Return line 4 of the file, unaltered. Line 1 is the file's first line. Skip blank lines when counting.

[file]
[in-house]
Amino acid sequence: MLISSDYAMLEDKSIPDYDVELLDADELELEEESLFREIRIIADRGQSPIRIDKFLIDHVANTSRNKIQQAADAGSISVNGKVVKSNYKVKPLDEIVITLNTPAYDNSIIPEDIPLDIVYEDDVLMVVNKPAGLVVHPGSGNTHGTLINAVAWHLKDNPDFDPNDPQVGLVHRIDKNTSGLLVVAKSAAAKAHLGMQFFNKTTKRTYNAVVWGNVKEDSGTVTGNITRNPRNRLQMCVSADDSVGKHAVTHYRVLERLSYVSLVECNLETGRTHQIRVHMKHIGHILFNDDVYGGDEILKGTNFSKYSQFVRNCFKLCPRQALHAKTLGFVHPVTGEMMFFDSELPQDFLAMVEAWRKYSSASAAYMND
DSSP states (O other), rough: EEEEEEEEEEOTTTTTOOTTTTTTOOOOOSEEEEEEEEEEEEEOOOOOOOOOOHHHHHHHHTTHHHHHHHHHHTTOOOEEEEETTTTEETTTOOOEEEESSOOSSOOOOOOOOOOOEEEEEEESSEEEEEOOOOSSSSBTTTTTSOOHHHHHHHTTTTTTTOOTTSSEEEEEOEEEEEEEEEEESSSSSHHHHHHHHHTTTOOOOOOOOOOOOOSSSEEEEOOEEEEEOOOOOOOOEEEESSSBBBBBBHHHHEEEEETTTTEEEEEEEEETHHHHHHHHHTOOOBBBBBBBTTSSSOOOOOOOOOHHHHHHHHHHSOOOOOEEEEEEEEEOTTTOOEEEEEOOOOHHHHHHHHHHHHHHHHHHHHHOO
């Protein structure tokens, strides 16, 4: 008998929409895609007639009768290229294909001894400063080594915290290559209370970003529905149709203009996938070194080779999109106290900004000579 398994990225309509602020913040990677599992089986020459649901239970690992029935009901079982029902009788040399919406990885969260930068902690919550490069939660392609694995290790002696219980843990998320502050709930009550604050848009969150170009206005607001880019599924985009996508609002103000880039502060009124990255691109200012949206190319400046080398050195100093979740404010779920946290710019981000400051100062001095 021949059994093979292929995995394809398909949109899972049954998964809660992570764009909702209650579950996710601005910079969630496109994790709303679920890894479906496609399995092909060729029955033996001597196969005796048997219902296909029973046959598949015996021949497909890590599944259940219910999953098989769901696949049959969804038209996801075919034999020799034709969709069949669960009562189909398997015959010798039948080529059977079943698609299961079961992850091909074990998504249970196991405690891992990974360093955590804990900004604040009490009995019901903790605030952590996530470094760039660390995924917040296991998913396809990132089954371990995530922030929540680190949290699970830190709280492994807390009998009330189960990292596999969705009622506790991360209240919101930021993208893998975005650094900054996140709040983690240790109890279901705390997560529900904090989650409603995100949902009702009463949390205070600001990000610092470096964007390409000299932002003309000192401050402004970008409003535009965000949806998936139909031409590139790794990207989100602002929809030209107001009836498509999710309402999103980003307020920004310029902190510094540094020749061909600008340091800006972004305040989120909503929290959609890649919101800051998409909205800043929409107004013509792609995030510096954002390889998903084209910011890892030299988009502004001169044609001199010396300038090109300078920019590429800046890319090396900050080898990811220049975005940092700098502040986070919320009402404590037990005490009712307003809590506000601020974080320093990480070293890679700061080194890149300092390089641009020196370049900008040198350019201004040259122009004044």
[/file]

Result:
């Protein structure tokens, strides 16, 4: 008998929409895609007639009768290229294909001894400063080594915290290559209370970003529905149709203009996938070194080779999109106290900004000579 398994990225309509602020913040990677599992089986020459649901239970690992029935009901079982029902009788040399919406990885969260930068902690919550490069939660392609694995290790002696219980843990998320502050709930009550604050848009969150170009206005607001880019599924985009996508609002103000880039502060009124990255691109200012949206190319400046080398050195100093979740404010779920946290710019981000400051100062001095 021949059994093979292929995995394809398909949109899972049954998964809660992570764009909702209650579950996710601005910079969630496109994790709303679920890894479906496609399995092909060729029955033996001597196969005796048997219902296909029973046959598949015996021949497909890590599944259940219910999953098989769901696949049959969804038209996801075919034999020799034709969709069949669960009562189909398997015959010798039948080529059977079943698609299961079961992850091909074990998504249970196991405690891992990974360093955590804990900004604040009490009995019901903790605030952590996530470094760039660390995924917040296991998913396809990132089954371990995530922030929540680190949290699970830190709280492994807390009998009330189960990292596999969705009622506790991360209240919101930021993208893998975005650094900054996140709040983690240790109890279901705390997560529900904090989650409603995100949902009702009463949390205070600001990000610092470096964007390409000299932002003309000192401050402004970008409003535009965000949806998936139909031409590139790794990207989100602002929809030209107001009836498509999710309402999103980003307020920004310029902190510094540094020749061909600008340091800006972004305040989120909503929290959609890649919101800051998409909205800043929409107004013509792609995030510096954002390889998903084209910011890892030299988009502004001169044609001199010396300038090109300078920019590429800046890319090396900050080898990811220049975005940092700098502040986070919320009402404590037990005490009712307003809590506000601020974080320093990480070293890679700061080194890149300092390089641009020196370049900008040198350019201004040259122009004044």